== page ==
Scores of Serbian human rights activists and politicians met with representatives of the international community in Bratislava over the weekend at the invitation of Slovak Foreign Minister Eduard Kukan. The aim of the gathering was to discuss how to respond to attempts by the Belgrade regime to hold on to power at all costs. RFE/RL correspondent Jolyon Naegele attended the conference and reports that participants discussed strategies for winning the elections expected in the autumn.
Bratislava, 11 July 2000 (RFE/RL) -- The timing of the Bratislava conference on the future of Yugoslavia was propitious. Participants met the day after the Yugoslav federal parliament amended the constitution to enable President Slobodan Milosevic to serve two more four-year terms.
The changes, which also affect the way the federal parliament's upper house is elected, pave the way for early local, parliamentary, and presidential elections -- possibly as soon as September.
Montenegrin invitees, including Justice Minister Dragan Soc, canceled their participation in the Bratislava conference at the last moment as the republic's parliament met in emergency session to respond to Belgrade's latest moves.
Conference chairperson and Belgrade human rights activist Sonja Licht told participants that the constitutional changes represent the declaration of "an open dictatorship" in Belgrade.
Licht called for unity among the opposition, a refrain heard throughout the two-day conference."We are convinced in Serbia that everybody who is seriously thinking change, everybody who seriously believes that Serbia has a future must at this moment work together. If we do not have a united front to work for change, there is no hope, there is no future for the country," he said.
Licht said it has become clear that there can be no change without a strong partnership between the Serbian opposition and the international community. Ognjen Pribicevic, an adviser to Serbian Renewal Movement leader Vuk Draskovic, warned that "conditions do not exist in Serbia for any elections, let alone free and democratic ones."
Nevertheless, Pribicevic says the Serbian Renewal Movement, or SPO, will not boycott the elections. As he put it, "the SPO will keep the door open to negotiations."
Pribicevic's comments did not go down well with some other participants, who suggested that the SPO has learned little from its past mistakes of dallying with Milosevic and hindering a truly united opposition.
In contrast, the head of the Yugoslav Lawyers' Committee for Human Rights, Biljana Kovacevic-Vuco, called for direct action. "Unless we take matters into our own hands, not in the sense of a revolt but rather in the sense of changing the situation, no legal protection and no formal legalisms will ever help any of us in Serbia," Kovacevic-Vuco said.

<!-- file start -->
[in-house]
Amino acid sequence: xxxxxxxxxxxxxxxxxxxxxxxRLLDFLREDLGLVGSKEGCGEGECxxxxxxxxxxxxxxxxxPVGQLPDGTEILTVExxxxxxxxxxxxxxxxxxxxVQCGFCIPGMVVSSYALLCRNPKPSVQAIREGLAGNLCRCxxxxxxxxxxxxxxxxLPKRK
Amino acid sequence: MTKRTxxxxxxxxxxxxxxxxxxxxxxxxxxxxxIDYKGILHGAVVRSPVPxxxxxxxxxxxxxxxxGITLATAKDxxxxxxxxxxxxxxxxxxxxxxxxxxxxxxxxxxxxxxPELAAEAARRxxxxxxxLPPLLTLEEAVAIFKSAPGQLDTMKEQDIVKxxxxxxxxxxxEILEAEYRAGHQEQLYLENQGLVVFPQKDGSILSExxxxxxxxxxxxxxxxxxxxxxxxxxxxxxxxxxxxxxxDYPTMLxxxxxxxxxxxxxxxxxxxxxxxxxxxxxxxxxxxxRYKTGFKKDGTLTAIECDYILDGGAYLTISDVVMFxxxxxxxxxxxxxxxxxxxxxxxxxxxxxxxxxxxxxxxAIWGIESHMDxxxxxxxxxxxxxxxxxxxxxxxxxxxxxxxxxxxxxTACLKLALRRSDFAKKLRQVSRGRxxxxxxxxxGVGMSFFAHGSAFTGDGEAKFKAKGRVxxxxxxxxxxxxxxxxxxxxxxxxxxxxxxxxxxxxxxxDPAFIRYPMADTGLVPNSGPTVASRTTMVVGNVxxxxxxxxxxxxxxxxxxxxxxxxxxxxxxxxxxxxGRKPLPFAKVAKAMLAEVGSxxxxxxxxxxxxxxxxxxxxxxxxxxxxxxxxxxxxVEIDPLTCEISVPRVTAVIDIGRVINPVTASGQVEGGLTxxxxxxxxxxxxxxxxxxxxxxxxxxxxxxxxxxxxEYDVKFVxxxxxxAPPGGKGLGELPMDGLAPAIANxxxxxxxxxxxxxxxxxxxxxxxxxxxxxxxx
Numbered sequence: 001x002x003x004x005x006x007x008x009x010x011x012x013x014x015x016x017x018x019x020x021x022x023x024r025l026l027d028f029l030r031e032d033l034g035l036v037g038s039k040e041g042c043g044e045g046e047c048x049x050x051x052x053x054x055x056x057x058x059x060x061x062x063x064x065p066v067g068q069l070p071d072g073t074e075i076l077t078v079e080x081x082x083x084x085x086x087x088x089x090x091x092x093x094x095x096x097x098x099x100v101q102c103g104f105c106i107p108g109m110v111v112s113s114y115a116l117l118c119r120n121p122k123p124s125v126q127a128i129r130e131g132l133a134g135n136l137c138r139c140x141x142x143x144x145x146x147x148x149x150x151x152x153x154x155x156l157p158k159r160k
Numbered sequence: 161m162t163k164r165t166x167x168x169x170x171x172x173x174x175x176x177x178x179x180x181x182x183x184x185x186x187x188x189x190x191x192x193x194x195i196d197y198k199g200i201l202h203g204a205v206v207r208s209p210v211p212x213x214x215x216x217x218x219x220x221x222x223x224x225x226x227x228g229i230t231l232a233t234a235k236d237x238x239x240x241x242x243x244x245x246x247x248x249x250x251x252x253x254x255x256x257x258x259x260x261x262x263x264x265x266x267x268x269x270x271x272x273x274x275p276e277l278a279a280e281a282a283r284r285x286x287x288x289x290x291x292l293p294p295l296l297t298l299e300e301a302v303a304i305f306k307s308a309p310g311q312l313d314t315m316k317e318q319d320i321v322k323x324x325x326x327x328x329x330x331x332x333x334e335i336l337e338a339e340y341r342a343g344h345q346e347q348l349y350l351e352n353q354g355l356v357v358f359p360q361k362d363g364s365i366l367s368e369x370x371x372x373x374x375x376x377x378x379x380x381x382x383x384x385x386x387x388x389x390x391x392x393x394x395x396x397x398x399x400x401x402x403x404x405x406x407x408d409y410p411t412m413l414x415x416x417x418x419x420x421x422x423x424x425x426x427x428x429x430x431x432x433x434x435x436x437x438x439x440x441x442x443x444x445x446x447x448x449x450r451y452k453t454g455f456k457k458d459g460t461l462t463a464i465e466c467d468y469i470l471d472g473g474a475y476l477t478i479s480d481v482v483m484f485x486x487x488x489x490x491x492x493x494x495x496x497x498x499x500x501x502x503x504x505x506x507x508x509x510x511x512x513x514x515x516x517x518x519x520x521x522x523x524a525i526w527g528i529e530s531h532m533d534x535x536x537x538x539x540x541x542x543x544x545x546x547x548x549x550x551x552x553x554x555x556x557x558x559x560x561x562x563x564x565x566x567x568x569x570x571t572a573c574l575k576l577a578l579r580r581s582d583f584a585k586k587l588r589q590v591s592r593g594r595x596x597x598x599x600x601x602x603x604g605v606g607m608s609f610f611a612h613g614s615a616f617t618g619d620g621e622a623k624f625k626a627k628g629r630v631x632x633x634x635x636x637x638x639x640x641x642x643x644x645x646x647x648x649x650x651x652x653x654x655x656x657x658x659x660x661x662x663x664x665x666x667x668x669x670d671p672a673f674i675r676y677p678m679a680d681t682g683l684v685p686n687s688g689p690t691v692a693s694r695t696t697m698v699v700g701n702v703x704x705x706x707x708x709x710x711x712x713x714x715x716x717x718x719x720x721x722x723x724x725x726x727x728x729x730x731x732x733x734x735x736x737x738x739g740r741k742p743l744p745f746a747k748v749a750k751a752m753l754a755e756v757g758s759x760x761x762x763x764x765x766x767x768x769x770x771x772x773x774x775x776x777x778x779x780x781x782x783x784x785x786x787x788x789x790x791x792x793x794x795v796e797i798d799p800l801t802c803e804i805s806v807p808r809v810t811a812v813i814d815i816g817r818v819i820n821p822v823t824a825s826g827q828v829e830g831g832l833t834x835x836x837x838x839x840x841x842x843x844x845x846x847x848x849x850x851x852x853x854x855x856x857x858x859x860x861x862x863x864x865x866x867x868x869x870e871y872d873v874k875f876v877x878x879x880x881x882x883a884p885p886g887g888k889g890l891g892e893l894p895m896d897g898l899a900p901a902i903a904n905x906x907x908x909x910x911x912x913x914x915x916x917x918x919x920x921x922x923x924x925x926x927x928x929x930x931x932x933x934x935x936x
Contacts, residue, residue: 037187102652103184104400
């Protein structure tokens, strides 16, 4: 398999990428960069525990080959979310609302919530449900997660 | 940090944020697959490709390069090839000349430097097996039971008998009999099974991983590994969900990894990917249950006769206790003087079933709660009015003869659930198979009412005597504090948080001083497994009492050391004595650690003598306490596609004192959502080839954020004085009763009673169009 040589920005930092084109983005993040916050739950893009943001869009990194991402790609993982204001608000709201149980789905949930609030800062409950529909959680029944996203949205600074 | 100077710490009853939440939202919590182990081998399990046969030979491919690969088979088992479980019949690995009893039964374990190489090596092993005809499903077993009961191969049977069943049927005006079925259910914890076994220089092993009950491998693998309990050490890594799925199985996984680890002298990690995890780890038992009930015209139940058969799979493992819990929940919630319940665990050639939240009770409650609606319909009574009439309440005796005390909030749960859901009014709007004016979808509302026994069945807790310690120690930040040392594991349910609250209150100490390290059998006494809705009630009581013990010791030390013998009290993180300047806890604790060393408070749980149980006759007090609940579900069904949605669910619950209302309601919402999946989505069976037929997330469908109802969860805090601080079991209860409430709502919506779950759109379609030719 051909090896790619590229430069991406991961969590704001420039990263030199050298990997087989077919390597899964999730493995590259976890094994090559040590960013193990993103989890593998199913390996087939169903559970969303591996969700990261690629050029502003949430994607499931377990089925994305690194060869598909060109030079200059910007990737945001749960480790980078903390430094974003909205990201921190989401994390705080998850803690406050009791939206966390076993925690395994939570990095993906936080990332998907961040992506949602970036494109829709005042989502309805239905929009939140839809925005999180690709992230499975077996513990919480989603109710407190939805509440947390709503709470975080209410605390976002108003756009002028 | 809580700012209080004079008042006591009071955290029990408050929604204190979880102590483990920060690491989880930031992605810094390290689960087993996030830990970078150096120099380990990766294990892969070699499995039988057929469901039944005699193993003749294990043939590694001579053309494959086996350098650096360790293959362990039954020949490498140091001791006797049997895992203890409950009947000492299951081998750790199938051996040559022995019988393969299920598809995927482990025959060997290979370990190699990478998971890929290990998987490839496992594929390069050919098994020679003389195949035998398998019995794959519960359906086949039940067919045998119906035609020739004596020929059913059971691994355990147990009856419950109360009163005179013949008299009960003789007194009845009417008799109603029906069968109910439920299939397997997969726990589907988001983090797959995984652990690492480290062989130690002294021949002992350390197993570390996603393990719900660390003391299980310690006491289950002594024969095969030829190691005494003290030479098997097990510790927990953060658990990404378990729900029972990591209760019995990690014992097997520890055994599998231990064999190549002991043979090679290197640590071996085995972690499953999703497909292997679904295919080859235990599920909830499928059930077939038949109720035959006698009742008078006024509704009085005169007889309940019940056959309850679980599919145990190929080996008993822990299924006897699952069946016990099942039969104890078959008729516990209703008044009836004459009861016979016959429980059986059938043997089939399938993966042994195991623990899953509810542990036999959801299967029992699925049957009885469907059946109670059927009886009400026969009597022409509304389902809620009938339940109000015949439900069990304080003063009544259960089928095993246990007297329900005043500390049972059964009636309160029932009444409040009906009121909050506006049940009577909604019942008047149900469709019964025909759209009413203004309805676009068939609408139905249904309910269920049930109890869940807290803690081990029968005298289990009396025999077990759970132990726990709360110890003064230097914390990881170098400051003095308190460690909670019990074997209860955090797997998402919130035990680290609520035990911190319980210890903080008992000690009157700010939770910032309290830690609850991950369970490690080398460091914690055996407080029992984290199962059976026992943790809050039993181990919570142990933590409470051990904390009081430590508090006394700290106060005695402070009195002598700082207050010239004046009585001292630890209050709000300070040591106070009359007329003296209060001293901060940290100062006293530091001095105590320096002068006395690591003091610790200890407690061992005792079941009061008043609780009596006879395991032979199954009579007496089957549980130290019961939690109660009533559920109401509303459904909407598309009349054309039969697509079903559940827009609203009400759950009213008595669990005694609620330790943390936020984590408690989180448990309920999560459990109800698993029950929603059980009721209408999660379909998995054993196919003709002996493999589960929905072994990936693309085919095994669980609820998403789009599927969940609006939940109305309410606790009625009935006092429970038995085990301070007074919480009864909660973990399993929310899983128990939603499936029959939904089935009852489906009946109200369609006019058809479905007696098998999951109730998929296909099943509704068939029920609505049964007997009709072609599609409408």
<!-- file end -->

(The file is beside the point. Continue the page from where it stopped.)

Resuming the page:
She said last week's constitutional changes are merely a continuation of Milosevic's policies of the past ten years, which she said constitute a permanent test of the opposition's ability to resist.
Milan Samardzic is a leading representative of the opposition youth movement Otpor (Resistance). He accuses the Milosevic regime of staging a strong offensive by setting the stage for snap elections following the constitutional changes. In Samardzic's words, "We still don't know what the rules will be for the next elections and whether to take part in them at all and whether the elections will even take place."
The youth leader said that to achieve the movement's goal of forcing the Milosevic regime out of power, Otpor is supporting the united democratic opposition while maintaining intensive cooperation with all non-governmental organizations.
"We cannot be the opposition, nor do we want to be. That is the mission of the opposition political parties. But we can do plenty that political parties with their institutional and other limitations cannot do," he said.
Samardzic said Otpor's main activity in the coming months will be a "get out the vote campaign" with the goal of crushing apathy and fear and persuading some 500,000 young people, most of whom have never voted before, to cast their ballots for opposition candidates. He said Otpor intends to accomplish this goal through educational and publicity campaigns. Samardzic says that since the beginning of the year, Otpor has pasted up more than 2 million posters and has distributed more than 4 million flyers and pamphlets.
The Serbian activists heard plenty of advice about the prerequisites for winning, such as conviction, self-confidence, and willpower.
The Council of Europe's director-general for political affairs, Hans-Peter Furrer, advised the participants that winning the elections does not depend on procedural niceties of the electoral law. "What you need is willpower to win -- great power in your mind to win, that you want to win the elections. And then you must have a big effort of persuasion and finally work, work, work to bring over your message to the people," he said.
Furrer said the opposition should not blame the media for their problems since, as he put it, in a working democracy, electoral campaigns are "door-to-door work." He noted that the reason democratic forces in Slovakia regained power in general elections was grassroots campaign work.
But participants warned that even if they win the elections, that will be only the first step. As one speaker noted, the elections are a life-and-death issue for Milosevic. And another said Milosevic will try to stay in power at all costs, even if it means civil war.